In 1946, the Nobel Prize-winning physicist traveled to Lincoln University in Pennsylvania, the alma mater of Langston Hughes and Thurgood Marshall and the first school in America to grant college degrees to blacks. At Lincoln, Einstein gave a speech in which he called racism “a disease of white people,” and added, “I do not intend to be quiet about it.” He also received an honorary degree and gave a lecture on relativity to Lincoln students.
J. Dana Stuster, writing for Foreign Policy:
This is what data from a world in turmoil looks like. The Global Database of Events, Language, and Tone (GDELT) tracks news reports and codes them for 58 fields, from where an incident took place to what sort of event it was (these maps look at protests, violence, and changes in military and police posture) to ethnic and religious affiliations, among other categories. The dataset has recorded nearly 250 million events since 1979, according to its website, and is updated daily.
John Beieler, a doctoral candidate at Penn State, has adapted these data into striking maps, like the one above of every protest recorded in GDELT — a breathtaking visual history lesson.
Stuster goes on to discuss the limits of the animation. For instance, the nature of each protest is not conveyed in a meaningful way. Still, it is a very interesting project.
(note: click on the little “x” in the upper-right of the web page if it prompts you about a membership)
Ben Orlin introduces us to a scenario in which an engineer, mathematician, physicist, computer scientist, and economist must split the check after a lovely meal. The tale starts with a discussion of taxes (the remainder is equally harrowing):
Engineer: Remember to tip 18%, everybody.
Mathematician: Is that 18% of the pre-tax total, or of the total with tax?
Physicist: You know, it’s simpler if we assume the system doesn’t have tax.
Computer Scientist: But it does have tax.
Physicist: Sure, but the numbers work out more cleanly if we don’t pay tax and tip. It’s a pretty small error term. Let’s not complicate things unnecessarily.
Engineer: What you call a “small error,” I call a “collapsed bridge.”
Economist: Forget it. Taxes are inefficient, anyway. They create deadweight loss.
Mathematician: There you go again…
Economist: I mean it! If there were no taxes, I would have ordered a second soda. But instead, the government intervened, and by increasing transaction costs, prevented an exchange that would have benefited both me and the restaurant.
Anna Gunn, in an Op-Ed for The New York Times, on how playing Skyler White has revealed society’s view of traditional gender roles:
I enjoy taking on complex, difficult characters and have always striven to capture the truth of those people, whether or not it’s popular. Vince Gilligan, the creator of “Breaking Bad,” wanted Skyler to be a woman with a backbone of steel who would stand up to whatever came her way, who wouldn’t just collapse in the corner or wring her hands in despair. He and the show’s writers made Skyler multilayered and, in her own way, morally compromised. But at the end of the day, she hasn’t been judged by the same set of standards as Walter.
As an actress, I realize that viewers are entitled to have whatever feelings they want about the characters they watch. But as a human being, I’m concerned that so many people react to Skyler with such venom. Could it be that they can’t stand a woman who won’t suffer silently or “stand by her man”? That they despise her because she won’t back down or give up? Or because she is, in fact, Walter’s equal?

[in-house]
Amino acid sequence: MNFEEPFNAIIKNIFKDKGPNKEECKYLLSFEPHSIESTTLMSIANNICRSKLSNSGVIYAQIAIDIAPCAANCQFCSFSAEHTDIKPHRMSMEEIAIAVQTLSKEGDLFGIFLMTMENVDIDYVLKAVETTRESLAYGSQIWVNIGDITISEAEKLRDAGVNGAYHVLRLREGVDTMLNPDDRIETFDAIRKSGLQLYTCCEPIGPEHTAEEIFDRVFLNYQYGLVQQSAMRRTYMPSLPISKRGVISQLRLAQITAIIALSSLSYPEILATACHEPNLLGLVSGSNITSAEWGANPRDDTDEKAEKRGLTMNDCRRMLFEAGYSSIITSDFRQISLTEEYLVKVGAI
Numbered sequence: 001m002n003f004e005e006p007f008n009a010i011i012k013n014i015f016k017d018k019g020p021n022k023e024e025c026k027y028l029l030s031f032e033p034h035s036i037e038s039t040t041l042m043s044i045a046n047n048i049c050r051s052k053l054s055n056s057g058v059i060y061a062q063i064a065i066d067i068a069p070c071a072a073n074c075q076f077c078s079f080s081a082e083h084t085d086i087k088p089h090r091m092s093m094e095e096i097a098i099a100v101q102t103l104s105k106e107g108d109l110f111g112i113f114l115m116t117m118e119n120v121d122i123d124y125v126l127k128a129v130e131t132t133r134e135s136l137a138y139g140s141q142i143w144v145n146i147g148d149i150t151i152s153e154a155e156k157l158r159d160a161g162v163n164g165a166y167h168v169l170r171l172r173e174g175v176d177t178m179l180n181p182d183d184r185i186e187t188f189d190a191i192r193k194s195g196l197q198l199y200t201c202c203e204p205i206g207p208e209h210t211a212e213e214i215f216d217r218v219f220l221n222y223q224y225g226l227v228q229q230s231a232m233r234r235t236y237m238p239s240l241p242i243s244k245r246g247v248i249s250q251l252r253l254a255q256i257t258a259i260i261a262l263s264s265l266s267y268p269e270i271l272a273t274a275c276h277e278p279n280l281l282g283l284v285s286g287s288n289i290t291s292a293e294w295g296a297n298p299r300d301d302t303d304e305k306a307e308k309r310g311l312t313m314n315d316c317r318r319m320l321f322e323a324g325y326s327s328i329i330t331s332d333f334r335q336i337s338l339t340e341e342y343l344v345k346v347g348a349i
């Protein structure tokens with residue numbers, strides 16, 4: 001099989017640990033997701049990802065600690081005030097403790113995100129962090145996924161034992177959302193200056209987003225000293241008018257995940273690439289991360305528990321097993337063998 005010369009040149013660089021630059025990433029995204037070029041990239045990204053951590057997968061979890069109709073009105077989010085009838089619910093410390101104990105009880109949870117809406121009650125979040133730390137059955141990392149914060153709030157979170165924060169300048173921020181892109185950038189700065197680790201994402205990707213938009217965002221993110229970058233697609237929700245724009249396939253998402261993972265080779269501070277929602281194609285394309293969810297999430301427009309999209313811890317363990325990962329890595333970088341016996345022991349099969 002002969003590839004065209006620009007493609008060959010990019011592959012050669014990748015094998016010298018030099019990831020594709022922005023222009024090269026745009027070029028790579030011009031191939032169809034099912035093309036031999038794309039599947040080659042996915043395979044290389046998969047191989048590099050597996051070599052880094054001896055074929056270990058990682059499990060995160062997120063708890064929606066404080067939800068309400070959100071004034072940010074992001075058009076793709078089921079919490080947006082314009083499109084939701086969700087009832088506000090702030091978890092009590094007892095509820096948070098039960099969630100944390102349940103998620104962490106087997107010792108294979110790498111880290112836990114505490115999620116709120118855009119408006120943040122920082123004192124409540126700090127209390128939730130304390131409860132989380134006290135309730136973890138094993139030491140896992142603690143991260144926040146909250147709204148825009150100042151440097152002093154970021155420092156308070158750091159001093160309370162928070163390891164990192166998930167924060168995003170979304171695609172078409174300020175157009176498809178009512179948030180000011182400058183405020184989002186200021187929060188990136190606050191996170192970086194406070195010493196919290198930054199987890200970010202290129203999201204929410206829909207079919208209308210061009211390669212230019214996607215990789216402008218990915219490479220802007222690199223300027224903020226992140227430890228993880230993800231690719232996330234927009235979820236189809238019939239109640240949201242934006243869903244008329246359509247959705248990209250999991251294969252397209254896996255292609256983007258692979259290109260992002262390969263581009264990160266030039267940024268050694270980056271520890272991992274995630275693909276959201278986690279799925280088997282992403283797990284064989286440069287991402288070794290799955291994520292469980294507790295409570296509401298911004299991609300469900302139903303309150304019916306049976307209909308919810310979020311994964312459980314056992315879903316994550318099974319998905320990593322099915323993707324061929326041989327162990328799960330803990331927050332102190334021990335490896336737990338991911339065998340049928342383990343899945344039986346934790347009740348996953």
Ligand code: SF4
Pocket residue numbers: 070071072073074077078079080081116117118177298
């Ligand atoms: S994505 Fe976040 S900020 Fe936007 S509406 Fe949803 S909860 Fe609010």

It’s notable that viewers have expressed similar feelings about other complex TV wives — Carmela Soprano of “The Sopranos,” Betty Draper of “Mad Men.” Male characters don’t seem to inspire this kind of public venting and vitriol.
Gunn goes on to describe how the hatred toward her character has transferred toward her personally. It’s sad, but not very surprising. Just think about a typical professional environment. A man who is cut-throat and willing to do whatever it takes to advance his career is regarded as a driven person. The same traits executed by a female will garner her with the “bitch” monicker.
Professor Adam Frank, in a smart Op-Ed for The New York Times:
In 1989, when “climate change” had just entered the public lexicon, 63 percent of Americans understood it was a problem. Almost 25 years later, that proportion is actually a bit lower, at 58 percent.
The timeline of these polls defines my career in science. In 1982 I was an undergraduate physics major. In 1989 I was a graduate student. My dream was that, in a quarter-century, I would be a professor of astrophysics, introducing a new generation of students to the powerful yet delicate craft of scientific research.
Much of that dream has come true. Yet instead of sending my students into a world that celebrates the latest science has to offer, I am delivering them into a society ambivalent, even skeptical, about the fruits of science.
Frank goes on to detail the many examples in which the public has been misguided into believing non-existing controversies. A main reason for the recent distrust or dismissal of the process, in my view, revolves around the politicization of science and the media’s infatuation with false equivalency.
An interesting set of mugshots from the 1920s. Crimes included selling opium, murder, and stealing an umbrella. Based on these photos, I’d argue that fashion for men has somewhat digressed in subsequent years, while the opposite is true for women.
(via: my sister, Melissa)
A clever parody site from DataCoup that pokes fun at the NSA’s data collection practices.
Maciej Winiarczyk’s awesome video made it on NASA’s Astronomy Photo of the Day:
Why would the sky still glow after sunset? Besides stars and the band of our Milky Way galaxy, the sky might glow because it contains either noctilucent clouds or aurora. Rare individually, both are visible in the above time lapse movie taken over Caithness, Scotland, UK taken during a single night earlier this month.
Do yourself a favor - go fullscreen and blast the music.